Medfield Public Schools
The Office of Social Emotional Learning
Dr. David Worthley, Director
March seems to be the gateway that ushers in the inevitable excitement, fear, anticipation and anxiety around the idea that our seniors will heading off to college in the Fall. As I talk to students, I am very impressed with the academic readiness on display. However, that is only one part of the equation that will lead to a successful and happy life for our kids. I have had some great conversations with students who have been away at school, and many more with students who are planning on going away to school. I think as parents, we do our best to prepare them to leave the nest, but there is a lot of work to be done to prepare for the emotional toll this process takes.
Many of our kids graduate high school without proper preparation for the potential emotional health challenges of transitioning to college and adult life. In fact, 60 percent of first-year college students wish they had received more help with emotional preparation for the transition to college, and 87 percent stated that the college preparation process focused more on academics than emotional readiness.
On Tuesday, March 6th, I am inviting all senior students who would like to come and discuss their thoughts/feelings/emotional readiness, and to come and let us know how we can do a better job getting them the information, practice and skill set they need to be ready when September rolls around. We will speak to kids during the lunch/reading periods in the auditorium. I will update this post with examples of the things your kids are experiencing, as it is pretty amazing and unbelievably important stuff.
I have provided a link to Resources and Downloads to Support College Readiness below. There is some good stuff there, so check it out. If you think your son or daughter is totally ready, ask again, and again, and again.
Resources and Downloads to Support College Readiness
On this website, you will find some good articles in the SEL: The College Years section.
More to come…..
Dave Worthley, Ed.D.
The Medfield Public Schools are committed to educating and developing the skills and competencies of the whole child, which includes the fostering of academic, social/emotional, and physical wellness.
Beginning in 2016, The Office of Social Emotional Learning has strived to teach students the values of CASEL’s five core competencies: self-awareness, self-management, responsible decision-making, relationship skills, and social-awareness. Much of this is achieved through curriculum and school-specific programs but a great deal of our work is done “on the ground” as we locate school-specific need and find ways to embed these values into the foundation of MPS.
We do this by helping to create a school community that welcomes and supports a diverse array of academic, social/emotional, and physical needs.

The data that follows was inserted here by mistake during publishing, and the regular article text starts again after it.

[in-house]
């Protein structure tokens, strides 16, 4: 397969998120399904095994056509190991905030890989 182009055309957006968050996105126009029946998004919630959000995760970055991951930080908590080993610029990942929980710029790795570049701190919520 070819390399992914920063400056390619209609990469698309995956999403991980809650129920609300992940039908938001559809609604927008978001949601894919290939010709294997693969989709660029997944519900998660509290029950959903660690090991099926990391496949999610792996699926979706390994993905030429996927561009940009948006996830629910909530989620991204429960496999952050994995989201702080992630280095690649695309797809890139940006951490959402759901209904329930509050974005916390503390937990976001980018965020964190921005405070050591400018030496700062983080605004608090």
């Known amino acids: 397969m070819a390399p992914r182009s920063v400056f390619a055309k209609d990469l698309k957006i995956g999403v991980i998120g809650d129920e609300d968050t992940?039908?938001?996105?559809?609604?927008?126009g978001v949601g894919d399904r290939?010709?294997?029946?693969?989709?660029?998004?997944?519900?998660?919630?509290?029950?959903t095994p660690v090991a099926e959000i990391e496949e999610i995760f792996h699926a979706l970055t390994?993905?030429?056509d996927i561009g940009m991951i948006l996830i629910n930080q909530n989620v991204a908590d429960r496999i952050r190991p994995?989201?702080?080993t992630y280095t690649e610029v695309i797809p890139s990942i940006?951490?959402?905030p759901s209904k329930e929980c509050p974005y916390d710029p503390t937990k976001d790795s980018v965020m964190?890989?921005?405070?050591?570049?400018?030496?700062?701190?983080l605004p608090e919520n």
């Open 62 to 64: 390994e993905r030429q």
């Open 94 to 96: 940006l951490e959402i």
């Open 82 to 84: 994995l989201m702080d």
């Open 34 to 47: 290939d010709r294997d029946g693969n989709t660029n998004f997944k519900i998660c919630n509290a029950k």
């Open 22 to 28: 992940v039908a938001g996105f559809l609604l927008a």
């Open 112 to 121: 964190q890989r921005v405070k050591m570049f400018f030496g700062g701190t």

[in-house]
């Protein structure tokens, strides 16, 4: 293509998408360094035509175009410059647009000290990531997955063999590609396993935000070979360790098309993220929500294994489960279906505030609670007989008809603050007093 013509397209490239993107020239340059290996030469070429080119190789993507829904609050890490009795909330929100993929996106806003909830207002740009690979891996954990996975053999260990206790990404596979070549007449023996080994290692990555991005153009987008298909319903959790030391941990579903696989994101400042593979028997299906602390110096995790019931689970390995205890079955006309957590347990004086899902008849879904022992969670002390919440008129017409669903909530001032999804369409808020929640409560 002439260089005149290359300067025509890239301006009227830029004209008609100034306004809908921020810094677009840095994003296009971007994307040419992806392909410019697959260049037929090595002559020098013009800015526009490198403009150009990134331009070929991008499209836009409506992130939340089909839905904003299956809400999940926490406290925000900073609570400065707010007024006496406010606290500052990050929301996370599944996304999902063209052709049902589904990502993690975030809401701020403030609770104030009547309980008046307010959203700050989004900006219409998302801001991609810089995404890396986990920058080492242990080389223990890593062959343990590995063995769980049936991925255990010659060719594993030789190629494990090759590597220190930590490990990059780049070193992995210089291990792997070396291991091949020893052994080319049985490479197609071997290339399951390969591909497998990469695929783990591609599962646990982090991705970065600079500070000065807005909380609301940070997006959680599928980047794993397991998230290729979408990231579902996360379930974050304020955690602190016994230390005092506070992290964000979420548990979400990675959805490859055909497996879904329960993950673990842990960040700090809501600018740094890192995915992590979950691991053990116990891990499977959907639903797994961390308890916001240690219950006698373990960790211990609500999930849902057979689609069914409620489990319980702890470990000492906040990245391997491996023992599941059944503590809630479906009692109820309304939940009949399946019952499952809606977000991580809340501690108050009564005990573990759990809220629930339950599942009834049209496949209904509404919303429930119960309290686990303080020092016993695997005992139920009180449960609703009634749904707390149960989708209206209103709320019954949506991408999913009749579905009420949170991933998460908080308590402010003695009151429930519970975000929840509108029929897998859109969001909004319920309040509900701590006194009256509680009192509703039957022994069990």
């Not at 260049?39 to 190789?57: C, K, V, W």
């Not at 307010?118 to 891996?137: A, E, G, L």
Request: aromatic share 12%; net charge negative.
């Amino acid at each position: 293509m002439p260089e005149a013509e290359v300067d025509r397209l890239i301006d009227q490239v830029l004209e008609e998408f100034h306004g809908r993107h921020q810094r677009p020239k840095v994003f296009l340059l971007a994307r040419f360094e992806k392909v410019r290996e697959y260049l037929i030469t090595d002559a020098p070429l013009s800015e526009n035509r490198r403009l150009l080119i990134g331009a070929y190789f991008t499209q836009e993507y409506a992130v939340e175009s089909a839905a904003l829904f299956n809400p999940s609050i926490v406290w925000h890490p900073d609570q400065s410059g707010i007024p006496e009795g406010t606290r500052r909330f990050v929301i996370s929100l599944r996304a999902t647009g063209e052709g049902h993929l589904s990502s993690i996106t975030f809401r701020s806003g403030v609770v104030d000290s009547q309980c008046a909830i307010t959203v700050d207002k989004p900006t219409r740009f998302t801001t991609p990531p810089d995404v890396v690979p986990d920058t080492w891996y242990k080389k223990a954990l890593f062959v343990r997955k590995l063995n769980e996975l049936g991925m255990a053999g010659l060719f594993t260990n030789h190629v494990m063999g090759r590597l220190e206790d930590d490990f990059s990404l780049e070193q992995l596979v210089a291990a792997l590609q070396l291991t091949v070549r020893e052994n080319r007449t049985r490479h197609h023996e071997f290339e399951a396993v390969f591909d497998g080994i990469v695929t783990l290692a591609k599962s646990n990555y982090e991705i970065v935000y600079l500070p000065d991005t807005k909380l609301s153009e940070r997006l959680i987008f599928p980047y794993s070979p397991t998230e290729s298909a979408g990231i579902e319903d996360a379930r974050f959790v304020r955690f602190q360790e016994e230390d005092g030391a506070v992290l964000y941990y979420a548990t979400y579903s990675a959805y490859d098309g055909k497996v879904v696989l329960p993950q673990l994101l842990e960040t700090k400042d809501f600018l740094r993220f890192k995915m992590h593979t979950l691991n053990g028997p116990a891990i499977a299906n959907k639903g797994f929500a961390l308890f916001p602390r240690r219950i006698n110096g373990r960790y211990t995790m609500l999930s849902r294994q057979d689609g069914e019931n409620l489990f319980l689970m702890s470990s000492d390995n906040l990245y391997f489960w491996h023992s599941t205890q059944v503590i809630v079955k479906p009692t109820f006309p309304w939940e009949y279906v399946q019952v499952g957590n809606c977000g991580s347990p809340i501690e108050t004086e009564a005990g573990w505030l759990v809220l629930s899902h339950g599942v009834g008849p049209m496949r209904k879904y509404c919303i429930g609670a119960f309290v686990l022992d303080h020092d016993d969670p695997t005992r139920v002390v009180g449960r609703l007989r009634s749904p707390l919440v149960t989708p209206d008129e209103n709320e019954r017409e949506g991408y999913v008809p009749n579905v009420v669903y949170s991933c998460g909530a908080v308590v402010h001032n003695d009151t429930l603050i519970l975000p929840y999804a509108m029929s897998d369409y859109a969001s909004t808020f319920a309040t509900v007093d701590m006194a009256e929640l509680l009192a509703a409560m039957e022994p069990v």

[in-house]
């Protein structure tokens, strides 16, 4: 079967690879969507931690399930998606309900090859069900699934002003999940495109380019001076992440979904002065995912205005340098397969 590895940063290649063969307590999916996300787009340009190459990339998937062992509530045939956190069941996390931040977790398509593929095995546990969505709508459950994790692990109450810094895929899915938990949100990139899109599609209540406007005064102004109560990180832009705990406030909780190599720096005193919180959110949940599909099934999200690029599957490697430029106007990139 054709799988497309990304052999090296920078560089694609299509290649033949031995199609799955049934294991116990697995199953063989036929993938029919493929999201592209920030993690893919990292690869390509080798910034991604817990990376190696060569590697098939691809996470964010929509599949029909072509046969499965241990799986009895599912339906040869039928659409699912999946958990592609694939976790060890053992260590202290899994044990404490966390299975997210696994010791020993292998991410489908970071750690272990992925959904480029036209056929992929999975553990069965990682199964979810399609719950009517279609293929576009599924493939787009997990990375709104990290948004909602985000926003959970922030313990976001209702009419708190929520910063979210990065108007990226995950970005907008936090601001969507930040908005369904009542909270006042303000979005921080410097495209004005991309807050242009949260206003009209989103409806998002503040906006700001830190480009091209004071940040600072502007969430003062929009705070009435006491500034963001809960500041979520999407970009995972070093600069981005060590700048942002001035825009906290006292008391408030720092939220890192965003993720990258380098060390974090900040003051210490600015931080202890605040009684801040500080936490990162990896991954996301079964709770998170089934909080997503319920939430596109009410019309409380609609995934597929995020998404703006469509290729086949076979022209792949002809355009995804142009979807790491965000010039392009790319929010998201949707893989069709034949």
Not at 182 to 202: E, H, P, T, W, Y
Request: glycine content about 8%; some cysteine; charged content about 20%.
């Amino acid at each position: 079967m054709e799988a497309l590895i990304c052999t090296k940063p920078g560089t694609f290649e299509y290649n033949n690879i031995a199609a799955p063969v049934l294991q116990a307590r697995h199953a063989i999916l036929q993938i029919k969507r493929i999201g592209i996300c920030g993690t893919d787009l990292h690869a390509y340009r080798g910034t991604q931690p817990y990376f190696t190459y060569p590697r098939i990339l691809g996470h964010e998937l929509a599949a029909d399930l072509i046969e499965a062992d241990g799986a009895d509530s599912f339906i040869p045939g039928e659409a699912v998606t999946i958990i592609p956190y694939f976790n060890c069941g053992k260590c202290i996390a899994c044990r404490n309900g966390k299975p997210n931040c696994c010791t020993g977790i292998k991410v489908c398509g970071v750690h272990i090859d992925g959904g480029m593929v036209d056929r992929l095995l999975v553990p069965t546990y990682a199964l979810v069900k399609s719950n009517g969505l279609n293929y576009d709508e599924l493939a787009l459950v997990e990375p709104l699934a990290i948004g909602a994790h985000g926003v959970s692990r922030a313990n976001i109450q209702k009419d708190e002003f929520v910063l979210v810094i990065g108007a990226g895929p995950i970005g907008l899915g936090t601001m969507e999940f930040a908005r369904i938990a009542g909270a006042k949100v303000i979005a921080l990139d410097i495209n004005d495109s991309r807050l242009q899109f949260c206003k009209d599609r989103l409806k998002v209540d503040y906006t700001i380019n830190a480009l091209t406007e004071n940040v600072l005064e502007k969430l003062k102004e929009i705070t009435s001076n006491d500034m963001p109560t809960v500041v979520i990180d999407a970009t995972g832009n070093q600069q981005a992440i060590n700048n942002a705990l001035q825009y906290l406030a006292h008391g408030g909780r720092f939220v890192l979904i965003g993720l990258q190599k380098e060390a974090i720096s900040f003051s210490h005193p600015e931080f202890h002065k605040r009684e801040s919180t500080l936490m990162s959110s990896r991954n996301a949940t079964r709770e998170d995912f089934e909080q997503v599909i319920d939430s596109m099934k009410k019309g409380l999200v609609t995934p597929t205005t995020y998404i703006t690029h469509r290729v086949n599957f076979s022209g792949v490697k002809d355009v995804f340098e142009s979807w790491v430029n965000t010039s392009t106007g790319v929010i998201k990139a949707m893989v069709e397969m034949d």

In collaboration with the Guidance Department, the Wellness Department, the Health Office, teachers, the administration, and the Medfield community, we work to maintain and support high academic achievement while concurrently helping students understand and manage emotions, set and achieve positive goals, feel and show empathy for others, establish and maintain positive relationships, and make responsible decisions.
Dr. David Worthley, Director
Dr. Worthley has spent his career working in the field of psychiatric crisis - whether on adolescent units, in maximum security prisons, or at several schools in Massachusetts. He is passionate about his work with the adolescent population, and understands well the importance and value of a solid educational foundation.
"College students are experiencing anxiety, depression, alcohol abuse, and other mental health issues at alarming rates in a landscape of growing academic, social, and financial pressures. As a college mental health psychiatrist for over two decades and a mother of two twenty-somethings, Marcia Morris has witnessed the ways problems can derail students from their goals, while parent interventions at critical junctures can help get students back on track. The Campus Cure: A Parent Guide to Mental Health and Wellness for College Students is a first aid guide to your child’s emotional health, preparing you to handle the mental health problems and emotional ups and downs many young adults experience in college. With anecdotes and the latest scientific literature, this book will increase your awareness of common problems, pressures, and crises in college; illustrate how you can support your child and collaborate with campus resources; and provide stories of hope to parents who often feel alone and overwhelmed when their child experiences a mental health problem. While you have the passion to help your child, this book will provide you with the tools to guide your child toward health and happiness in the college years."